Posts Tagged ‘Italy’

Design | Everything Ponti

Friday, October 12th, 2018

Pirelli Tower,
Milan,
1960
© DR



Tutto Ponti,
Gio Ponti Archi-Designer
Musée des Arts Décoratifs
Paris | France
19 October 2018 >
10 February 2019



Living Room at Villa
Planchart, Caracas, 1957
Photo Antoine Baralhe.
Fondation Anala
et Armando Planchart



In Italian, Gio Ponti’s surname, means, appropriately, ‘bridges’. Over the course of a career that spanned more than 50 years, during which time he became the most important and influential designer/architect in Italy, his talents traversed everything from glassware design to ceramics; he created chairs, lighting, fabrics and cutlery, screenplays for cinema, as well as stage sets and costumes for La Scala. He established his architecture practice in 1921 and built private villas in Paris (1926), Eindhoven and Caracas (Villa Planchart 1953 > 1957), company headquarters, such as Milan’s landmark Pirelli Tower (1957) – at 127 metres, Europe’s tallest building at the time, that was a symbol of Italy’s post-war ‘miracolo’ reconstruction period – and public buildings, including Taranto cathedral (1970) in southern Italy and the Denver Art Museum (1974).

La Cornuta coffee
machine for Pavoni, 1948
© Photo Gio Ponti
Archives, Milan



Glass lamp 0024, 1933
© Photo Gio Ponti
Archives, Milan



Superleggera 699,
for Cassina, 1957
© Photo Gio Ponti
Archives, Milan



Drawing his earliest influences from the Venetian villas of Andrea Palladio, Ponti celebrated the machine but, unlike many 20th century modernists, never rejected classicism and craftsmanship. In collaboration with his protogeé, Piero Fornasetti, he took pleasure in creating decorated furniture designs flouting modernist conventions that dictated the abolition of applied ornament. An enemy of dogma, whose work never conformed to any particular ‘ism’, Ponti’s tenet was that styles corrupt and [if we conform to them] our ideas become corrupt themselves.

His design and architecture became synonymous with Italian ‘cool’ of the 1950s and 1960s. He was the designer behind Pavoni’s iconic La Cornuta coffee machine (1948) that would dominate the bars of cafés throughout Italy, in London and in New York, where customers might also find themselves sitting on one of his Superleggera – ‘super-light’ – chairs (1957).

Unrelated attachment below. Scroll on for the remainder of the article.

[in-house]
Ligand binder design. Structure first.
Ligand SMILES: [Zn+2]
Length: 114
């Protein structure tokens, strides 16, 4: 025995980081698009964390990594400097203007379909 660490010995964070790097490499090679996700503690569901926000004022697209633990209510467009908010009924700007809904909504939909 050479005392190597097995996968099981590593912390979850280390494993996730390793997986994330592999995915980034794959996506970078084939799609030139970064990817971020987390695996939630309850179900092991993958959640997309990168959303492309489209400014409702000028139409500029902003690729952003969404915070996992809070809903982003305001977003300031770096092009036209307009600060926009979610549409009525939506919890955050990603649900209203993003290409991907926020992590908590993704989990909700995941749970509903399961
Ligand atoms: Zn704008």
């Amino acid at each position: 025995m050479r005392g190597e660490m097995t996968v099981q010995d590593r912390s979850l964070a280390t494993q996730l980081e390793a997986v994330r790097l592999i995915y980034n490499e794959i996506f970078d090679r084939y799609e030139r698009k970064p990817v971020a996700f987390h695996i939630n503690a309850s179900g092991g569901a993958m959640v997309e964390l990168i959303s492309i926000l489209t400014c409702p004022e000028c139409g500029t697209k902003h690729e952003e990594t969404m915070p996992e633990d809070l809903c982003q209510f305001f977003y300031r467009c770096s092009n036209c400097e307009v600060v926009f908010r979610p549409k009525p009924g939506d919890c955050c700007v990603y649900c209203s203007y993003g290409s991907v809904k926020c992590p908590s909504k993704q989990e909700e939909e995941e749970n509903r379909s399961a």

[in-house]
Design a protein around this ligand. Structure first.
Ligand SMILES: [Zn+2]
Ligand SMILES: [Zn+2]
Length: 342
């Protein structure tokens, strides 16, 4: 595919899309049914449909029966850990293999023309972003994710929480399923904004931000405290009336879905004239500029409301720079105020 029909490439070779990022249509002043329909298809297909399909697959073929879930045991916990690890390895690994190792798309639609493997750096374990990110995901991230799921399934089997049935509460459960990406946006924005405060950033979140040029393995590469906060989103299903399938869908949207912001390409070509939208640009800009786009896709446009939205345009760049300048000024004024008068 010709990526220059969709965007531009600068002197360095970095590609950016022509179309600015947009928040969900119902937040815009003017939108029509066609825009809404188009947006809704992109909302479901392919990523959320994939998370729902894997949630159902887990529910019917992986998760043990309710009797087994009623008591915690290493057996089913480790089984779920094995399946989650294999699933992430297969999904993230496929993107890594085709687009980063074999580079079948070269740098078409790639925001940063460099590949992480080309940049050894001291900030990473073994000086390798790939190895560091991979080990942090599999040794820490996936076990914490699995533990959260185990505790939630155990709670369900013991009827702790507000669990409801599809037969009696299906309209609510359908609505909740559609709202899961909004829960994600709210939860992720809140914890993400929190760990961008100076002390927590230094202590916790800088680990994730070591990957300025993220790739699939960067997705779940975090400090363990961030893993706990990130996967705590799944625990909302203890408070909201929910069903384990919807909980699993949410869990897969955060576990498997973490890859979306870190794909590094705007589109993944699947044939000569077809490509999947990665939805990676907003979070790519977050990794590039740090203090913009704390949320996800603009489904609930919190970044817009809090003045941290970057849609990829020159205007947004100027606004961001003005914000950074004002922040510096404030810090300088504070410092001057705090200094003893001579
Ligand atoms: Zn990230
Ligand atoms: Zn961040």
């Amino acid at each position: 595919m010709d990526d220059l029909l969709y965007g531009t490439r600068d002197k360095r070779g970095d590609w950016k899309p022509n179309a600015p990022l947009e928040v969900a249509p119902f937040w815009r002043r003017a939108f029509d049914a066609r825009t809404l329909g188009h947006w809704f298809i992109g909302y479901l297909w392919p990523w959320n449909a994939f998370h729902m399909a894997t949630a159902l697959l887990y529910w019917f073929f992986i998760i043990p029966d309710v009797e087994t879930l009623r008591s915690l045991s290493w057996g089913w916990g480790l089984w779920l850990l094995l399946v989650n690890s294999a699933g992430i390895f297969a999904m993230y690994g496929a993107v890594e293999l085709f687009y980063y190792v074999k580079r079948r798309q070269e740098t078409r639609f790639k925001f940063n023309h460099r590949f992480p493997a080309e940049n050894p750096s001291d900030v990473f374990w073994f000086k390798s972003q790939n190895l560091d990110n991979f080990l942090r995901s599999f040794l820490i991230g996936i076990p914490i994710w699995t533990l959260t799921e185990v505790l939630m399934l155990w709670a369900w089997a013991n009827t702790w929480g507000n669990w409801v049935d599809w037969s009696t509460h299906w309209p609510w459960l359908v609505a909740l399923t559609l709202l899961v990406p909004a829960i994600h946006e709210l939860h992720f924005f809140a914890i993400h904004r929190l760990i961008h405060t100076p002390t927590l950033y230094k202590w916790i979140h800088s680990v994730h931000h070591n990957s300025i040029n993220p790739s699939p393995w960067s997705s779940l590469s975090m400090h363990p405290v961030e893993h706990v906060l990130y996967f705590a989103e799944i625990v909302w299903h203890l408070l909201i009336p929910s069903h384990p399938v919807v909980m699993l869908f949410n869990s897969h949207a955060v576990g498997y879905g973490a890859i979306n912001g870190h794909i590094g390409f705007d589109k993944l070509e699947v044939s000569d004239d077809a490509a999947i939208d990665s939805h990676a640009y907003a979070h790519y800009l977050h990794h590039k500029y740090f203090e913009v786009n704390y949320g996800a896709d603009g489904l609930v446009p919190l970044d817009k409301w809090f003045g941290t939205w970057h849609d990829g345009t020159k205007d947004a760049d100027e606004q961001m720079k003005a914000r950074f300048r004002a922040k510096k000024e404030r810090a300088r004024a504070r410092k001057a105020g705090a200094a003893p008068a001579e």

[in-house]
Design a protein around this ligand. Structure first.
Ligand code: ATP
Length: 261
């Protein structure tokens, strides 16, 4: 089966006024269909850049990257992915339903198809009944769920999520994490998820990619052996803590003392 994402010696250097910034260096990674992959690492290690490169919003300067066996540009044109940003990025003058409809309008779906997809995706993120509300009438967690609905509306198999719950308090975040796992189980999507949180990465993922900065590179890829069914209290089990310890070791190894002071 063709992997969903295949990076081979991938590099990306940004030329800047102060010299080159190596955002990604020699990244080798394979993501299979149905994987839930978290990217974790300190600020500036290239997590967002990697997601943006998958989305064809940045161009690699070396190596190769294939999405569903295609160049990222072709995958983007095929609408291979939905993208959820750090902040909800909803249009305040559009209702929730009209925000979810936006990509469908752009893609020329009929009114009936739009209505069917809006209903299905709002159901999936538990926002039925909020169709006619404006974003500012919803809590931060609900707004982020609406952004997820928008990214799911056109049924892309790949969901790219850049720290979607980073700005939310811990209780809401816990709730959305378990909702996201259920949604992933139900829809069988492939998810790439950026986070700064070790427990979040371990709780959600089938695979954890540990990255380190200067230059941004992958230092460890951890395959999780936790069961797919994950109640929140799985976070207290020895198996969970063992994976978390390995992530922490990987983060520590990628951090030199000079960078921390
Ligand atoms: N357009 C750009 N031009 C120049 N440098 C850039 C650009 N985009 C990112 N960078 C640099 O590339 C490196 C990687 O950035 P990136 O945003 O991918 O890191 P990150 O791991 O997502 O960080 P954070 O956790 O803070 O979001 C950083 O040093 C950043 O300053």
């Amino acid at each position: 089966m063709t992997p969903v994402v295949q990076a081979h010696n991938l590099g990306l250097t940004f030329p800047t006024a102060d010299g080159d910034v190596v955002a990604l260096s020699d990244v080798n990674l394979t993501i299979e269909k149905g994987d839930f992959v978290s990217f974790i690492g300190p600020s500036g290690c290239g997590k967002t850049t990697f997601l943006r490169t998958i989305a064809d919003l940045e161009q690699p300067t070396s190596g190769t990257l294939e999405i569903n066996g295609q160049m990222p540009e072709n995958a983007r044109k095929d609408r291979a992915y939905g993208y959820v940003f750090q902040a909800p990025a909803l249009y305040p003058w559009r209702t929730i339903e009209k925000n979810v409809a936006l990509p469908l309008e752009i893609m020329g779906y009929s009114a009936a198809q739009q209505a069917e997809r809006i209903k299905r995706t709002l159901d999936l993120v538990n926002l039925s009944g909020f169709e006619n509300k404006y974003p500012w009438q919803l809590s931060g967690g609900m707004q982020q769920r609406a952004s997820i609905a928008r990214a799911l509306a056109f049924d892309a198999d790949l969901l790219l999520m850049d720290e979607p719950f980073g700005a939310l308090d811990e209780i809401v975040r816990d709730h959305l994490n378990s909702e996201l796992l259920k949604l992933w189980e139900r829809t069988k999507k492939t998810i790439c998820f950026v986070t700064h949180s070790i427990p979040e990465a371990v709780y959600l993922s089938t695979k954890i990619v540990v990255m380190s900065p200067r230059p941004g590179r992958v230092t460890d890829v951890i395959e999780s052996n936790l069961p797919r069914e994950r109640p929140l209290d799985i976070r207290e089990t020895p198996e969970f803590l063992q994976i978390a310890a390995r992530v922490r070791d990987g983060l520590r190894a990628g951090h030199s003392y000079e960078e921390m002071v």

Taranto cathedral,
1964 > 1970
Photo Luca Massari



While Gio Ponti’s work is admired today by enlightened design enthusiasts and highly coveted by collectors it remains little known in France. Despite the big Gio Ponti exhibition held at London’s Design Museum in 2002, the situation in the UK is similar. Including some 400 items, as its title suggests, Tutto Ponti, Gio Ponti Archi-Designer at Musée des Arts Décoratifs, is a major retrospective exhibition, bridging every aspect of Ponti’s multi-faceted career, with the aim of introducing the wider public to the work of this creative genius of the Italian design scene.

All images courtesy Musée des Arts Décoratifs


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The Blog’s publishers insist that all images supplied for publication in our posts are cleared for that use before being made available to us. Whether pictures are sent to us as email attachments or made available as downloadable files, any responsibility for fees that may, under any circumstances whatsoever, fall due, must be borne by the source supplier

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Art | Theaster Gates: Back to Black

Friday, September 14th, 2018

Photographs by Isaac Sutton



The Black Image Corporation

Osservatorio
Fondazione Prada
Milan | Italy
20 September > 14 January 2019



Chicago’s Mayor has called the artist, Theaster Gates, ‘…a civic treasure on a par with Chicago’s skyline and downtown museums.’ Quite an accolade for the son of a roofer whose father bequeathed him his tar kettle – a gift not lost on Gates, for whom tar has become a key element in his painting and sculpture work, as in the centre-piece of his Black Madonna exhibition, currently on show at Kunstmuseum Basel in Switzerland.

Having studied urban planning and city design, as well as religion and ceramics, Gates spent 15 years making pots, an activity through which, he says, ‘you very quickly learn how to make great things out of nothing … [and] start to learn how to shape the world.’

Gates, whose Rebuild Foundation bought up condemned buildings in the deprived, predominantly African American South Side district of Chicago and refurbished and repurposed them as community facilities: apartments, a library, workshops for artists, a black cinema – he financed each project by selling artworks made from the scrap material from the previous renovation – led Art Review to refer to him as, ‘The artist who does more outside the gallery than within.’

Photographs by Moneta Sleet Jr